Apr 8, 2015

IPEC Small Claims - Piercing the Corporate Veil and Benefits of Use to 'Small-time' Creatives

Two directors have been held personally liable along with a dissolved limited company in respect of copyright infringement.

In the recent case of IP14S01982 Webb v (1) VA Events Ltd, (2) Carl Jason Austin and (3) Dale Stanley Vicker a specialist aerial photographer convinced the court that he should be awarded six times his normal usage fee as compensation for the unauthorised use of his work by the Defendants, the publishers of the now defunct website, vaevents.com.

The judge also took the view that the directors of the company in default who were also named as defendants could not shelter behind their status as directors of a limited company, the so-called corporate veil, and were held personally liable.

Background facts and award

The Claimant produces aerial landscape images and charges £150 for credited use of one of his images, or £300 if the client opts to omit a byline. In breach of the Claimant's copyright, the Defendants published two of the Claimant's images.  In normal circumstances that would establish a loss of income of £300, however, the degree of flagrancy by the Defendant's convinced the judge to elevate the award by an additional 500% to £1,800 plus costs adding up to a total award to the Claimant of £2,716.

During the hearing the Claimant was able to show that the Defendants and/or their agents had removed each of the 33 '©www.webbaviation.co.uk' watermarks that overlaid his images and that attempts had been made to re-draw and clone in missing parts of the images where the watermarks had been. The Defendants must therefore have spent many hours doing this.  Further, they also asserted their own copyright in the images by way of a copyright statement on each page of the website.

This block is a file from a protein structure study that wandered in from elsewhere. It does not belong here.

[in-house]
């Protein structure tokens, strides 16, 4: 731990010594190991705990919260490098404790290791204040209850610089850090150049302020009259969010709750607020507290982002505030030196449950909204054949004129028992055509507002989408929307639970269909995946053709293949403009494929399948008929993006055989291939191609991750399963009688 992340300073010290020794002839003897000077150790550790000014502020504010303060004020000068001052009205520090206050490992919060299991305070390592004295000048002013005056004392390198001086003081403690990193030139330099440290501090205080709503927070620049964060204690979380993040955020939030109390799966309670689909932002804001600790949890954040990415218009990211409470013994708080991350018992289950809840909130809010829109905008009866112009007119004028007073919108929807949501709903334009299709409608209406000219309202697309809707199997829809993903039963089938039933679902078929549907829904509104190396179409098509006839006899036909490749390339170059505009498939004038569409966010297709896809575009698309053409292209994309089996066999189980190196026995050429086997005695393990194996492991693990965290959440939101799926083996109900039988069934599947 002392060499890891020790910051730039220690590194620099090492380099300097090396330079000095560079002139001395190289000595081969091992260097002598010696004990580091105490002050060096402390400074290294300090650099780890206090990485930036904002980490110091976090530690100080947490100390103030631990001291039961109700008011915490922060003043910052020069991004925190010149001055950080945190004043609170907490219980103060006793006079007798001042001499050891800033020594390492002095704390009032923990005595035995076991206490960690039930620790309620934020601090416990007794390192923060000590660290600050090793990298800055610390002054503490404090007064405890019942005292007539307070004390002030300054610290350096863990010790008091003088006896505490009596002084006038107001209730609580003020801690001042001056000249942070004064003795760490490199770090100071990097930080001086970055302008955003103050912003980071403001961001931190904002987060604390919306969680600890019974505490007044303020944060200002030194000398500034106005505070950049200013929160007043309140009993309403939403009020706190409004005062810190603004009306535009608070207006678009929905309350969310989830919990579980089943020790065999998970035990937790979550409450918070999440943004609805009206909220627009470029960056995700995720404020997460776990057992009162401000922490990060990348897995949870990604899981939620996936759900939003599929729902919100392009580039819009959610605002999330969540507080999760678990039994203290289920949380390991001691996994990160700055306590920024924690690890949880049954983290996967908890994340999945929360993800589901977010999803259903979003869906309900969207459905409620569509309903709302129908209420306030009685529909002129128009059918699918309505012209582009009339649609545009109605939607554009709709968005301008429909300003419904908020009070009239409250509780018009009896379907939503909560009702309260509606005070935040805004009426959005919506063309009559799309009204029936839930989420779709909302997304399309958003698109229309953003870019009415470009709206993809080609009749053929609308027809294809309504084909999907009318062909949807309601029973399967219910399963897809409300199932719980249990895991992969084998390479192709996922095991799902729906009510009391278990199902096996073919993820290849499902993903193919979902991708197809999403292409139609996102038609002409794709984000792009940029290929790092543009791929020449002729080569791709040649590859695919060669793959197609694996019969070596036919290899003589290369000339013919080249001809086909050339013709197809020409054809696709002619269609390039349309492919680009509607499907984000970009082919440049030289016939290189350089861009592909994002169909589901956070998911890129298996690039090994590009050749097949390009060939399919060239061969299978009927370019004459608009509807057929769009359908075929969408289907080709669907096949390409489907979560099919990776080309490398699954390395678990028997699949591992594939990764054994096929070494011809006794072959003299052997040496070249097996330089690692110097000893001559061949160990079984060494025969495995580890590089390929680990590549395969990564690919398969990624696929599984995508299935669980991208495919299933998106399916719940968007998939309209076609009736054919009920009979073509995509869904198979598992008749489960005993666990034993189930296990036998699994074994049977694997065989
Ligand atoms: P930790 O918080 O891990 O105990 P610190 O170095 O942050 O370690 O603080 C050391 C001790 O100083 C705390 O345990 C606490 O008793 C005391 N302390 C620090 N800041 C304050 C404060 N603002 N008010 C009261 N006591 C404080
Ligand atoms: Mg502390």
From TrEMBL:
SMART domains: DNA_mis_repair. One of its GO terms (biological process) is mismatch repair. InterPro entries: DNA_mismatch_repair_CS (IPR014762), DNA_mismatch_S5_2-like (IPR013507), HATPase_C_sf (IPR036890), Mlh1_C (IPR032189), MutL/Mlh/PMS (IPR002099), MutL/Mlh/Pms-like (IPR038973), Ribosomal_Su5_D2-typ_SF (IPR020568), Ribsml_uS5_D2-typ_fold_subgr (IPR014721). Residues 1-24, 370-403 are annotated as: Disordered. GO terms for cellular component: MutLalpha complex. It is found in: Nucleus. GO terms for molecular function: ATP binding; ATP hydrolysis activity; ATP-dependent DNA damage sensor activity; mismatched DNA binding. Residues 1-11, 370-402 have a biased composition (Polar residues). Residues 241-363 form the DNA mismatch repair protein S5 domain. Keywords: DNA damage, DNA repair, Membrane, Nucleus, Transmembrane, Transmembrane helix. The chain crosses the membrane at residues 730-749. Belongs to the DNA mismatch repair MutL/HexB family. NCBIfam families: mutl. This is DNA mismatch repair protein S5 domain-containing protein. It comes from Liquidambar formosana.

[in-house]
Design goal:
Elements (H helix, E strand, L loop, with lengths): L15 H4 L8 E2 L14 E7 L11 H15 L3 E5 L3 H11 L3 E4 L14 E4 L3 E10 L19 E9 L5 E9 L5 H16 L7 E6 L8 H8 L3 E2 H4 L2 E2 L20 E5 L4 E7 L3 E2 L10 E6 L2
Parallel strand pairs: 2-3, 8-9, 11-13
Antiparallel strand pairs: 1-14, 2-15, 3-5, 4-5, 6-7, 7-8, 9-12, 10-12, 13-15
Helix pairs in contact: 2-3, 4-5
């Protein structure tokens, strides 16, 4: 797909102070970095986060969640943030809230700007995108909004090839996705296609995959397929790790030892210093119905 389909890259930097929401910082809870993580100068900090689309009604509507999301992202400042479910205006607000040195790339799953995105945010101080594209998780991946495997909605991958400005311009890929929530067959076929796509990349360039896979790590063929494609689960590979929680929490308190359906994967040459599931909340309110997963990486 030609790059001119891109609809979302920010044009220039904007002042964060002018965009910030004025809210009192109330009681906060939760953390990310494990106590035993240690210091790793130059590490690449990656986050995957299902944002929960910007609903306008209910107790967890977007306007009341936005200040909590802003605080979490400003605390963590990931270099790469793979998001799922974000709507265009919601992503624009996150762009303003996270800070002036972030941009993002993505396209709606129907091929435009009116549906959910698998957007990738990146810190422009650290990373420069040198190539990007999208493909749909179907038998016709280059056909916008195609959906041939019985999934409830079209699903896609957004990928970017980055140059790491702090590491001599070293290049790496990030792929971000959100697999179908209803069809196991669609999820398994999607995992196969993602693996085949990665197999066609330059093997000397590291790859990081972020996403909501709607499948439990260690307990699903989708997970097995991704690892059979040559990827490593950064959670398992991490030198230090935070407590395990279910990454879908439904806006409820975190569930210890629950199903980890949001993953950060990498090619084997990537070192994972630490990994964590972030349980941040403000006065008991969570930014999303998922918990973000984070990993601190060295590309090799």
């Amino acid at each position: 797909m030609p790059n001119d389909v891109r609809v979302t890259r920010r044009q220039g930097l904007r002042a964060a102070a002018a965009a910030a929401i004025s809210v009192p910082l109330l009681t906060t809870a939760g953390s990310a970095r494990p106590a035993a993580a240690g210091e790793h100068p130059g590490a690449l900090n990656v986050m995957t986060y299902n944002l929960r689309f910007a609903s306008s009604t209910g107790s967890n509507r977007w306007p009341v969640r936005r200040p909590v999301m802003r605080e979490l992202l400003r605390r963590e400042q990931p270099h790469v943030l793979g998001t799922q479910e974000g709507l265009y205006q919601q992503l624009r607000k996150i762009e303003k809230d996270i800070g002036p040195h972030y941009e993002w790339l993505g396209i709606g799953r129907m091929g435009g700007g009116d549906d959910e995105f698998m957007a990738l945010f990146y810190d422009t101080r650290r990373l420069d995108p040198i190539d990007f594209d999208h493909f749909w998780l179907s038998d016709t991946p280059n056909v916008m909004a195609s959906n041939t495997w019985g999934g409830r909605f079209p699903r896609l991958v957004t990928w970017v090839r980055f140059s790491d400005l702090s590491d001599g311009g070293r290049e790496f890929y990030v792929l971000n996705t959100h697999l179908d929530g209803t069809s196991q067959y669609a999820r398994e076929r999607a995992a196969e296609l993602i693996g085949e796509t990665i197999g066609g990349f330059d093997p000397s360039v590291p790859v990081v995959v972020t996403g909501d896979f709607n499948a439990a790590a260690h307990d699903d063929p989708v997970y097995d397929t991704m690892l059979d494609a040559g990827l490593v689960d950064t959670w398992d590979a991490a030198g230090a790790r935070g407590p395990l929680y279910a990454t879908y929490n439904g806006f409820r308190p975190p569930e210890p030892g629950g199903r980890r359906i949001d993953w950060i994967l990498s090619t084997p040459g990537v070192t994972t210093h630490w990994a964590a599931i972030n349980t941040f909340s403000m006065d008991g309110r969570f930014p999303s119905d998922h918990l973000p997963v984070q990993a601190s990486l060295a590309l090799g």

The Defendants proposed three lines of defence.  First they argued that they didn't know the images were copyright protected relying on section 97(1) of the CDPA.  Second they claimed that the website developer had created/used the images.  Third and finally they argued that any liability should be a liability of the company and not the directors thereby seeking to hide behind the corporate veil.

The first argument held no water with the judge who quoted the Hoffman v Dare and said it was naive to suggest a company involved in promotion and marketing thought images found on the internet were not protected by copyright.  With regard to the second argument the defendants failed to produce any evidence proving the website designer's involvement and the website developer was also a liquidated company.  The third argument is considered below.

Piercing the Corporate Veil